Are We Living in a Family History Simulation?
13 December 2013 (updated 3 June 2015)
Last time I posted, we imagined that one of the things we might do with vast computing resources in the future is run highly detailed family history simulations, to the point of enabling the characters with artificial intelligence and fully immersive consciousness. If something like $150 could purchase more computing capacity than that of all human brains combined, we might run many thousands, millions, or more family history simulations, for education, entertainment, research and innumerable other purposes.
Now imagine further that you actually live in such a future. FamilyHistory.com version 42 has just been released, and all your friends are using it to run family history simulations. One day, while you and a friend are watching some of your ancestors, your friend turns to you and asks, “Are we living in a family history simulation?” You laugh of course, but your friend insists.
“Seriously! Are we living in a family history simulation? Think about it. FamilyHistory.com probably runs at least a million family history simulations. Each of them includes billions of artificial intelligences that, so far as I can tell, experience their world like we experience ours. That’s something like, oh, let’s just say eight quadrillion artificial intelligences. What are the chances that you and I happen to be among eight billion natural intelligences instead of eight quadrillion artificial intelligences? … one in a million, or less because that’s assuming a non-simulated world simulated the others. I’d say we’re almost certainly living in a family history simulation.”
Your friend would be right. If there are a large number of worlds verified to be inside family history simulations, and no worlds verified to be outside family history simulations (despite common assumptions about our own world), the laws of probability entail that any given world, including our own, is most likely to be inside a family history simulation, and worlds outside family history simulations are merely an improbable hypothesis. In other words, if we run many family history simulations, we probably already live in one. Fellow tech-philosophy nerds should take a look at a formal development of this idea, known as the Simulation Argument.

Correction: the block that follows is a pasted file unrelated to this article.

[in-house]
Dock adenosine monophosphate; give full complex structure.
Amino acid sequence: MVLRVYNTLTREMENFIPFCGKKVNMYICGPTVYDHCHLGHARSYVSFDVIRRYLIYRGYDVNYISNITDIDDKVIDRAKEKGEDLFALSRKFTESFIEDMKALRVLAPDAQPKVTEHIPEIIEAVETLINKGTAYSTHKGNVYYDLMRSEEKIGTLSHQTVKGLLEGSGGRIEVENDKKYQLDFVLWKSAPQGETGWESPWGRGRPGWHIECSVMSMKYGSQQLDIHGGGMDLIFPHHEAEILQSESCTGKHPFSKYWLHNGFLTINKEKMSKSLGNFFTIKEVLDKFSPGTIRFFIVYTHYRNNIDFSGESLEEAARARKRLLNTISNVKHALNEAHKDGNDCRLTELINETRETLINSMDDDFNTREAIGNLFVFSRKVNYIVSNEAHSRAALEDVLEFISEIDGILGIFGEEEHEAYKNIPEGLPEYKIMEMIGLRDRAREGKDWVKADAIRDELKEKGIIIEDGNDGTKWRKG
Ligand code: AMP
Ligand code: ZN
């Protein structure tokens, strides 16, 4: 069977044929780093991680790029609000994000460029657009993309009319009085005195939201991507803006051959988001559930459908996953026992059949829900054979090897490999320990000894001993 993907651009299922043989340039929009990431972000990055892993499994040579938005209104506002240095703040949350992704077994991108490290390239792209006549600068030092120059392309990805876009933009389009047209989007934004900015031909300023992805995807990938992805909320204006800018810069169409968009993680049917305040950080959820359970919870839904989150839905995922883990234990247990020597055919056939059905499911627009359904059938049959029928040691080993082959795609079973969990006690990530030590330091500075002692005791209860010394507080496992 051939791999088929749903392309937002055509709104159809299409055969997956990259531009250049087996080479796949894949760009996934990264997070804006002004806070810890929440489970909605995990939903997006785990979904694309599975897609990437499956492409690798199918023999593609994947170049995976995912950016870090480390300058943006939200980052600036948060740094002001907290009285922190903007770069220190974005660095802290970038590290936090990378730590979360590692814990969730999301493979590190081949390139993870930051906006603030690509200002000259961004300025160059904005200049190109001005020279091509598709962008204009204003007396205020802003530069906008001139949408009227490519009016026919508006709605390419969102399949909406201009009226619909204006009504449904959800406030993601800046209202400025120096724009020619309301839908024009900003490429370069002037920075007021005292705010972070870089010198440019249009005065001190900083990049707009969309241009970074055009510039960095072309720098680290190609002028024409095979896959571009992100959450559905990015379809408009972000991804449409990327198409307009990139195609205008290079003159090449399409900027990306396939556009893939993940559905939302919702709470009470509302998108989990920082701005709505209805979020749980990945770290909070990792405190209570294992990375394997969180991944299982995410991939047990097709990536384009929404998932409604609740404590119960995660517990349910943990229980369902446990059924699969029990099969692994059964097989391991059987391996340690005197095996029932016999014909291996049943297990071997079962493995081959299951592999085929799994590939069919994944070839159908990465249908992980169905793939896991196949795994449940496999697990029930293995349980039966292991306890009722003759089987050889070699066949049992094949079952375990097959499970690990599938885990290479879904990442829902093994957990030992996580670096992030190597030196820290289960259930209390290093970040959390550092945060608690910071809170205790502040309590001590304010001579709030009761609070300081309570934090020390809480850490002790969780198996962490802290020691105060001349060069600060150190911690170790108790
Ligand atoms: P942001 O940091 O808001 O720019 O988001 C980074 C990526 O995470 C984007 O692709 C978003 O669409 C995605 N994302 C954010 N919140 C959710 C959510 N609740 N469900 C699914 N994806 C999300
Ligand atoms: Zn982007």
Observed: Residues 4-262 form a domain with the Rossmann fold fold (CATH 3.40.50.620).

Now this philosophical argument doesn’t purport to prove that we’re actually living in a family history simulation. It only purports to prove that at least one of two possibilities must be true: either (1) we will never compute many family history simulations to a degree of detail that enables characters with artificial intelligence and fully immersive consciousness, or (2) we probably already live in such a family history simulation. However, both possibilities present us with some challenges.
The first suggests various probabilistic or hard limits to our technological progress. Maybe we’re likely to destroy ourselves with powerful new weapons or succumb to natural global catastrophes before attaining the ability to run detailed family history simulations. Perhaps we’re destined for some form of totalitarian control that would stifle such innovations. It may even be the case that the complexity or nature of consciousness is such that completely immersing or embedding it in a simulation is impossible or progress toward it would be asymptotic – indefinitely progressing slower and slower while requiring more and more resources.
Of course, if the first possibility is not true then the second must be, and it entails that reality is not what most of us usually suppose it to be. So what do you think? Are we living in a family history simulation? Could and would we simulate our ancestors to the point of artificial intelligence and immersive consciousness?